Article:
For example, the new B787-8 and B787-9. Is there any significance in why they started with -8, versus the older 737s which started from -100? Or B757-200/300?
Chinese superstition. The same reason Airbus went with the 380 number when 350 would have been next in line.
The Chinese sign for 8 looks like an up arrow (八) and 8 is the lucky number in Chinese. Similarly, 4 (四) is considered unlucky because the word for it (sì) sounds similar to the Mandarin word for death (sĭ).
Boeing and Airbus management court their prospective Chinese customers wherever they can because they expect their biggest sales in the next decade from that part of the world.
Originally, Boeing used three-digit numbers for their subtypes, and the last two digits represented the airline. Pan Am's number was 21, for example, so a Boeing 707-100 made to Pan Am specs was a 707-121.
The numbers are indeed chosen mostly for marketing. Although there is an element of logic and organization of models, as with other products, the name is primarily a marketing tool.
The 787-8 emphasizes the number 8. This number has positive connotations in some Asian cultures. Including the two most populous contries in the world, Asia represents a huge market that has been growing rapidly, and this means big opportunities for aircraft manufacturers. As discussed on another question, Airbus and Boeing are both looking to gain orders from this growing market. The launch customer for the 787-8 was a Japanese airline, ANA. Almost a quarter of 787 orders have come directly from airlines in Asia.
Starting with 8 also makes the type seem more established than starting back with -1 or -100, and allows the 747-8 to share the same number to connect the technology shared between the two, mostly in the engines and wings. The 747 connection to Asia is even more apparent than with the 787. Airlines in Asia represent a large portion of past 747 deliveries, which provides an opportunity for them to upgrade to the newest version. Although the launch customers for both cargo and passenger versions are European, Asian customers represent almost half of the orders. Using a single number also differentiates their models from the competition, but also seems to have confused some people that are used to the old convention.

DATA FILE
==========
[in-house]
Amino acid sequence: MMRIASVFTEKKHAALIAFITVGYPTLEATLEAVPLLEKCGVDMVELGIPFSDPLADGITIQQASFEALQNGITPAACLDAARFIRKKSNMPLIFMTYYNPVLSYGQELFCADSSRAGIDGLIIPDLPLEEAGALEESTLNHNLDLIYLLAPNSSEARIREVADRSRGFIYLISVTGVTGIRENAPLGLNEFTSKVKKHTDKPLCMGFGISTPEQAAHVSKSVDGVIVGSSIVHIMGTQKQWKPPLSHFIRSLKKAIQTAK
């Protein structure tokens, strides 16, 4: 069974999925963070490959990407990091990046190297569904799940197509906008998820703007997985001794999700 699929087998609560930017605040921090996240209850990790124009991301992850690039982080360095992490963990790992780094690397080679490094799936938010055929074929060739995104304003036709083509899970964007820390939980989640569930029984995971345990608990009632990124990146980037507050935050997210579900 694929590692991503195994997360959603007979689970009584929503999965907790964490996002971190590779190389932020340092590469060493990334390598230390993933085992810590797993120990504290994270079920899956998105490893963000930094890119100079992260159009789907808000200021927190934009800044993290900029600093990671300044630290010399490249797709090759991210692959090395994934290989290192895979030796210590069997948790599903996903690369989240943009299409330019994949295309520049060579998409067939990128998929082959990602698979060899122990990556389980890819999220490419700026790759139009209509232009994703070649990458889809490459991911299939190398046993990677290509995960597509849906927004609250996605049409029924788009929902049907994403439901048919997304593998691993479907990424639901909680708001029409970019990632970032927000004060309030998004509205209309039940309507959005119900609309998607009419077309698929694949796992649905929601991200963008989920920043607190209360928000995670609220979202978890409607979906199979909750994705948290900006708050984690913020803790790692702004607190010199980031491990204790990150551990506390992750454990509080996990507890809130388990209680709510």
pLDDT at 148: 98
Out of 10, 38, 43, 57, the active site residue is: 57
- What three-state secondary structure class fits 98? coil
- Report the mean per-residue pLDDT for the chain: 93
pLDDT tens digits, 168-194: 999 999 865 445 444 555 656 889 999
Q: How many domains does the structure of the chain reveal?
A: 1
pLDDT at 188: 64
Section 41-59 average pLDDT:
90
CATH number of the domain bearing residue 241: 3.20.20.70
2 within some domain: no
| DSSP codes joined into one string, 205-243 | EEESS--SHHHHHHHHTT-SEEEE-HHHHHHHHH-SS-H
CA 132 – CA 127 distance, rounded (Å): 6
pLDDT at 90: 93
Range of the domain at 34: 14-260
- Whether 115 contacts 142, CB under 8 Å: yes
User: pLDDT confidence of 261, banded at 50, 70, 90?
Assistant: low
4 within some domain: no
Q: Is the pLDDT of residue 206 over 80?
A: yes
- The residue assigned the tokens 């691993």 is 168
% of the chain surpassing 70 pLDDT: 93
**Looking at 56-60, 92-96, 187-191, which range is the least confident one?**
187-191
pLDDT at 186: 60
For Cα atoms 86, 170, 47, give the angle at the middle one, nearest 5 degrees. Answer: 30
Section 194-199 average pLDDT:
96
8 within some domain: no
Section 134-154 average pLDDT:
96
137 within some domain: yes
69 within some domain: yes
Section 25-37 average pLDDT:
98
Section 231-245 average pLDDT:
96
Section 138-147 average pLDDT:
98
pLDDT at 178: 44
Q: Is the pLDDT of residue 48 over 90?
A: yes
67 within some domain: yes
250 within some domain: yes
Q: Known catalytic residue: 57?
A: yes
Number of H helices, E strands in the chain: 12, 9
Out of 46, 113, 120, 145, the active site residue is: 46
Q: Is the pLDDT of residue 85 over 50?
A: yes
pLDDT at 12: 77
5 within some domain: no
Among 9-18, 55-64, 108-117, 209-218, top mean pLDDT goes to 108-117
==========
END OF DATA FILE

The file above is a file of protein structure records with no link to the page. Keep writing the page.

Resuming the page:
Starting with the 707, Boeing planes started with the -100 and added variants from there. This includes the 727, 737, and 747 as well. The 757 started with the -200 model because this corresponded to the approximate capacity of the 727-200 model it was replacing, which is where they saw the most demand. The 767 started with -100, but this model was never offered, being too close to the 757, so the 767 also starts with -200. The 777 is a similar situation, where a -100 was considered but never offered. The 737 has now run out of numbers, and rather than go up to -10 like the 787 or -1000 like the A350, they chose to go with -7 through -9. This matches the scheme of the other newer models while also relating to the corresponding NG versions of -700 through -900.
The A380 is in a slightly different situation, skipping both type and model numbers to start at A380-800. Although by far the most orders are from one particular airline, customers in Asia still represent almost 20% of the orders. Asia would seem to represent a prime market for a large airplane, with both high traffic routes and long international routes, but like the 747-8 the A380 has not received as many orders as expected. While it's unlikely that either Airbus or Boeing will disclose details of their marketing strategies, it's clear that the number 8 is a positive number in many Asian countries, both manufacturers have chosen to emphasize the number on all of their newest models, and the region represents a very important market for these aircraft.